0.31

0.32–0.45

AHI L

0.29

0.27–0.38

0.3

0.29–0.4

0.31

0.31–0.44

Note. IQR — interquartile range (range of values between the 25th and 75th centiles). Other abbreviations are given in the footnote for Table 1.

 

As shown by the data presented in Table 3, most indices indicate a trend toward increasing age dynamics in the sample group. The average values of the indices and the interquartile ranges vary in the direction corresponding to an increase in the height of the longitudinal arch of the foot.

We calculated flatfoot incidence in the sample group based on all of the indices investigated, according to their quartile distribution (Table 4).

 

Table 4

Flatfoot incidence (%) according to the quartile distribution

Index

Flatfoot incidence (%)

7–10-years-old

11–13-years-old

14–17-years-old

SI R

25.76

21.0

16.13

SI L

28.33

14.0

9.68

CSI R

24.24

11.0

6.45

CSI L

25.76

9.0

5.75

PI R

15.43

14.28

13.79

PI L

14.76

13.28

12.24

CA R

3.82

3.0

21.51

CA L

2.27

2.0

21.3

AHI R

14.49

12.38

7.7

AHI L

13.15

11.7

5.7

Note. See the abbreviations in the footnote for Table 1.

 

As can be seen from Table 4, according to the Staheli index the incidence of a flattened longitudinal arch of the foot is between 9% and 28% with prevalence between the ages of 7 to 10 years. Based on the Chippaux-Smirak index, the proportion of children with flattened arches ranges from 5.75% to 25.76%, with a greater number of flattened arch cases among children of primary-school age. However, according to Clarke’s angle, the incidence is between 2.27% and 3.82% among children aged 7 to 10 years and 21.3% to 21.51% among children aged 14 to 17 years. The indices of the medial surface of the foot also show a lower flatfoot incidence compared with the indices calculated based on the plantar surface. According to the subometric index, at the ages of 7 to 10, 11 to 13, and 14 to 17 years the flatfoot incidence is 14.76%, 13.28%, and 12.24%, respectively. According to the arch height index, the incidence of flattened arches of the feet varies from 5.7% to 14.49%, with prevalence among children of early school age. We did not observe any significant differences in the incidence of flattened arches between the right and left foot. However, according to all of the indices investigated, with the exception of Clarke’s angle, flatfoot incidence tends to decrease with age.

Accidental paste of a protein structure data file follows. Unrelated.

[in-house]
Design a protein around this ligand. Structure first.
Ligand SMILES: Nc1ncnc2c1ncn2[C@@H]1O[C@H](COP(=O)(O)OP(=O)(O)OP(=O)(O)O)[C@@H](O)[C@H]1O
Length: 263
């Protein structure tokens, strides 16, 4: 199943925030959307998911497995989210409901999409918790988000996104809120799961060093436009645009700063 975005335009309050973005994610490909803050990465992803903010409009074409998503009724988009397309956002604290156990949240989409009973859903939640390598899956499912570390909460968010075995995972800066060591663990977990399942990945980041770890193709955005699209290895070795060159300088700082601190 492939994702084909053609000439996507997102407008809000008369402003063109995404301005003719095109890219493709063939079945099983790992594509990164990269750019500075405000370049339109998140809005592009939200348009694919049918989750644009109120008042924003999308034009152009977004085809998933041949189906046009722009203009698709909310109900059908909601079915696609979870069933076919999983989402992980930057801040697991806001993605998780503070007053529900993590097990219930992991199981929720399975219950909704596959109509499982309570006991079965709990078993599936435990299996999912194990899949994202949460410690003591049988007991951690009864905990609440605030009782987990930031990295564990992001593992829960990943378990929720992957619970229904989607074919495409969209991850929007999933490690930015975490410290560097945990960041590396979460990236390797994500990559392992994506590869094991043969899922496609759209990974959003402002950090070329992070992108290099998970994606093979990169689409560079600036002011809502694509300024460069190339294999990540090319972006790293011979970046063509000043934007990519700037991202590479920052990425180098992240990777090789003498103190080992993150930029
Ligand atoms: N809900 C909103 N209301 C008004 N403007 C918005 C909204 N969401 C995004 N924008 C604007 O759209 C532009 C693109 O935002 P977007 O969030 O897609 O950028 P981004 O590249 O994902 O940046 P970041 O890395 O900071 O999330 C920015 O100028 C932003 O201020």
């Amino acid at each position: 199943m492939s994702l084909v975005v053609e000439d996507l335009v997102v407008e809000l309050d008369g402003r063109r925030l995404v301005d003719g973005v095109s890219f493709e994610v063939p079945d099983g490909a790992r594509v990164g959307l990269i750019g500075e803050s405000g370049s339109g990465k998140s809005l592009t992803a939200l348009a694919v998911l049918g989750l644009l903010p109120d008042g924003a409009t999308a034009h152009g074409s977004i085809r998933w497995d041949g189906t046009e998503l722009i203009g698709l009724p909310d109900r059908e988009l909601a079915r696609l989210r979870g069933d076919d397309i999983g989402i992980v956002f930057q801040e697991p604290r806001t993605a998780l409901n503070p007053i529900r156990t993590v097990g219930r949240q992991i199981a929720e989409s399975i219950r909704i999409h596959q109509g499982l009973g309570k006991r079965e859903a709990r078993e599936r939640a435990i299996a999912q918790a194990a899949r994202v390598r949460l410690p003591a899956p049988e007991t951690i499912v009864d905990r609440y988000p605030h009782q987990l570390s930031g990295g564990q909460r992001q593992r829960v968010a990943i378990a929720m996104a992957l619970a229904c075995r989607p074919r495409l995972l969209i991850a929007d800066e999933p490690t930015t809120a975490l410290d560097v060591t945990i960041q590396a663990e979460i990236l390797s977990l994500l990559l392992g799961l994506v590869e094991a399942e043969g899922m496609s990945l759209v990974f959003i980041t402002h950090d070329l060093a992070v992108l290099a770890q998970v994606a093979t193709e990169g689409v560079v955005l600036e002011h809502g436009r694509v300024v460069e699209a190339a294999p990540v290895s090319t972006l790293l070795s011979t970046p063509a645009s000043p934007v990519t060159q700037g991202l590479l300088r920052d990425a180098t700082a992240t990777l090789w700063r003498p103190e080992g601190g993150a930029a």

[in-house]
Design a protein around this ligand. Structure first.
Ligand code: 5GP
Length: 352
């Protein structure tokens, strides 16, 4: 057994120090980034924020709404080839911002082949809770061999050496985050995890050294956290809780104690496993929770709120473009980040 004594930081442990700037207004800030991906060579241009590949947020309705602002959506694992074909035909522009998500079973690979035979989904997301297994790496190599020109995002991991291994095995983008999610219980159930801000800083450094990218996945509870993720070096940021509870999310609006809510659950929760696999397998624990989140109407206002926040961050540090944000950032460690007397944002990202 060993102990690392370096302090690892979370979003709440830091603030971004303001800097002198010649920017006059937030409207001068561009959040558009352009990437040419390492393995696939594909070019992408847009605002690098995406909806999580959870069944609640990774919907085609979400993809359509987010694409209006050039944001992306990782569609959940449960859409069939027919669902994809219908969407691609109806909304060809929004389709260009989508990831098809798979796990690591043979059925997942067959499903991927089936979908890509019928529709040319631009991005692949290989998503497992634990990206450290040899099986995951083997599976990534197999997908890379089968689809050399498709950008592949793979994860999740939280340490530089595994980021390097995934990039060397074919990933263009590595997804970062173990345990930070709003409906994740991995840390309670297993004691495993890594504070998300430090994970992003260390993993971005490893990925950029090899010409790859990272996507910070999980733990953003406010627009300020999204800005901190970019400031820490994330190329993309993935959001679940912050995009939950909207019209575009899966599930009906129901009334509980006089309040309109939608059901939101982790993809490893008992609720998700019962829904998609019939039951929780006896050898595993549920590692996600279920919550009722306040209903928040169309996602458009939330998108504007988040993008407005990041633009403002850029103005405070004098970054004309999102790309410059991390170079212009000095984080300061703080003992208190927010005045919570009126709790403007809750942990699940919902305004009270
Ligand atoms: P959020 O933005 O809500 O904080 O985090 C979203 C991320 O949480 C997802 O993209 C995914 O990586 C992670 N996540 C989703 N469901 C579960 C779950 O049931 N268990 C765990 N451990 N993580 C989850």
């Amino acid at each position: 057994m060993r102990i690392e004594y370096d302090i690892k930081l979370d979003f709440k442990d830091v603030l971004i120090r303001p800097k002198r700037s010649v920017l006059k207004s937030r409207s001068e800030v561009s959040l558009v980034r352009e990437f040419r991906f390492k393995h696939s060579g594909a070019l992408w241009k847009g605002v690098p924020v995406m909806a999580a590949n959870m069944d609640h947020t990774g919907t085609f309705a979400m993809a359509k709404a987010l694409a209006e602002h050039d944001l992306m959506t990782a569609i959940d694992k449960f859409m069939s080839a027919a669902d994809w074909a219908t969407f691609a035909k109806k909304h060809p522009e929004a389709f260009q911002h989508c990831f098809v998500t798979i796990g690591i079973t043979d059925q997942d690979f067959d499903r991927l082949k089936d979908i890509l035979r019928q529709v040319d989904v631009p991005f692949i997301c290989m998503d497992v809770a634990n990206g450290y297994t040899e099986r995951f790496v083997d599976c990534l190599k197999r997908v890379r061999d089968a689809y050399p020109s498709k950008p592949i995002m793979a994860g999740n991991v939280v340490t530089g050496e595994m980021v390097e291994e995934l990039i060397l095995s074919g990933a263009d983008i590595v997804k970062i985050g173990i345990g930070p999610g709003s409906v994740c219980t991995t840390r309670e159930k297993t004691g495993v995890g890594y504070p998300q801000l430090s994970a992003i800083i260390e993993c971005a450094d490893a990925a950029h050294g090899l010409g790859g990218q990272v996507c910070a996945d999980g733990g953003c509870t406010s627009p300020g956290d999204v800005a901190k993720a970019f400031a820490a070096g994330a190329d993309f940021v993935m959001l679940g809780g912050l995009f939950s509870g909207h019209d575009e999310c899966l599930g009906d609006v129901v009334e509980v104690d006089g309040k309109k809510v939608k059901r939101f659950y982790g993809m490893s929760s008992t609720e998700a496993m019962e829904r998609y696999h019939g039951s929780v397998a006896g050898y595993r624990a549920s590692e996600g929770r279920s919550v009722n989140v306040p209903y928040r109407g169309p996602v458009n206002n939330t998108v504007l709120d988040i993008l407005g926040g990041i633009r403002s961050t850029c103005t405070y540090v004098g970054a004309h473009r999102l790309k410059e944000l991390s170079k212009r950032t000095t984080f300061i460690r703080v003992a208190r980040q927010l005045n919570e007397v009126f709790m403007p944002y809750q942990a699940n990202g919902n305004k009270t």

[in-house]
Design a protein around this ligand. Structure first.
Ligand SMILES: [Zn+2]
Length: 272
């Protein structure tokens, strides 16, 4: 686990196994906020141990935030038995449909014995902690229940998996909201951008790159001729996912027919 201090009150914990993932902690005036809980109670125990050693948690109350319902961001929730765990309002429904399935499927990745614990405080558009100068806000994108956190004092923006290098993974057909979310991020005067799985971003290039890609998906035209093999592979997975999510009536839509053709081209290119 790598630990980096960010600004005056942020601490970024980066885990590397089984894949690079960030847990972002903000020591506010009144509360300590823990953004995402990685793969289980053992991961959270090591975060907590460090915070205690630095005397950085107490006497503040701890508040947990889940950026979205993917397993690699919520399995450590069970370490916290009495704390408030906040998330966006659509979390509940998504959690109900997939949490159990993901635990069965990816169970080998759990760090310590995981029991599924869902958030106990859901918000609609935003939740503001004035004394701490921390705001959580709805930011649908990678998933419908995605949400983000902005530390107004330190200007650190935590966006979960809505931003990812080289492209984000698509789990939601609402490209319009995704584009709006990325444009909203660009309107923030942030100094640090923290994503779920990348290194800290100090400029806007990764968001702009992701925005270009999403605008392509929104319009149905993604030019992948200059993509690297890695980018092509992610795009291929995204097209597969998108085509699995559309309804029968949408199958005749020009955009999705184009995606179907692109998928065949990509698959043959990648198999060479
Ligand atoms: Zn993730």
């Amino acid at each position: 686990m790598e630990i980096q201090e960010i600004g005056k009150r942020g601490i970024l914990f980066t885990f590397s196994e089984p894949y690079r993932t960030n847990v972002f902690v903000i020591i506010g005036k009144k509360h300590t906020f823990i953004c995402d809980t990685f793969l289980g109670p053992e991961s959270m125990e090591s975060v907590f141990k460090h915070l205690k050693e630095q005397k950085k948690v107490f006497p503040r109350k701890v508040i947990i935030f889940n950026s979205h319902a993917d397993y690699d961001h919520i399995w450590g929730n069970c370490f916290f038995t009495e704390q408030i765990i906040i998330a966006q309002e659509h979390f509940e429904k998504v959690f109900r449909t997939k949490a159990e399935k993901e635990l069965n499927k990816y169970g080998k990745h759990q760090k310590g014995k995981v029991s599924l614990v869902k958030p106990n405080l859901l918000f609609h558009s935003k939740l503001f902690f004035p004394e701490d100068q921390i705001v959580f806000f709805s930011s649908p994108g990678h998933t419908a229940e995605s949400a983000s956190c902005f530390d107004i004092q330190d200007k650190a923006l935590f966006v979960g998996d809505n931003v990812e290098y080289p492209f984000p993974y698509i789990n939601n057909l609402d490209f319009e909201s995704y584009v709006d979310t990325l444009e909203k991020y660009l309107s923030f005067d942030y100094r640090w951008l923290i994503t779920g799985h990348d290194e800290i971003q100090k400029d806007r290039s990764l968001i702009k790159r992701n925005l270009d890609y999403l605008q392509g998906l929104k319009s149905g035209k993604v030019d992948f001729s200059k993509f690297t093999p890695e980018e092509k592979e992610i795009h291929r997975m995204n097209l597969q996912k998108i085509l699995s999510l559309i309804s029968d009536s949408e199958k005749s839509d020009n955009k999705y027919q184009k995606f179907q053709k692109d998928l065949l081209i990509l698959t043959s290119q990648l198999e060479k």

Thus, in accordance with the data presented, it can be seen that the incidence of flattened foot arches depends on the index used and, to a large extent, on the method of statistical analysis used.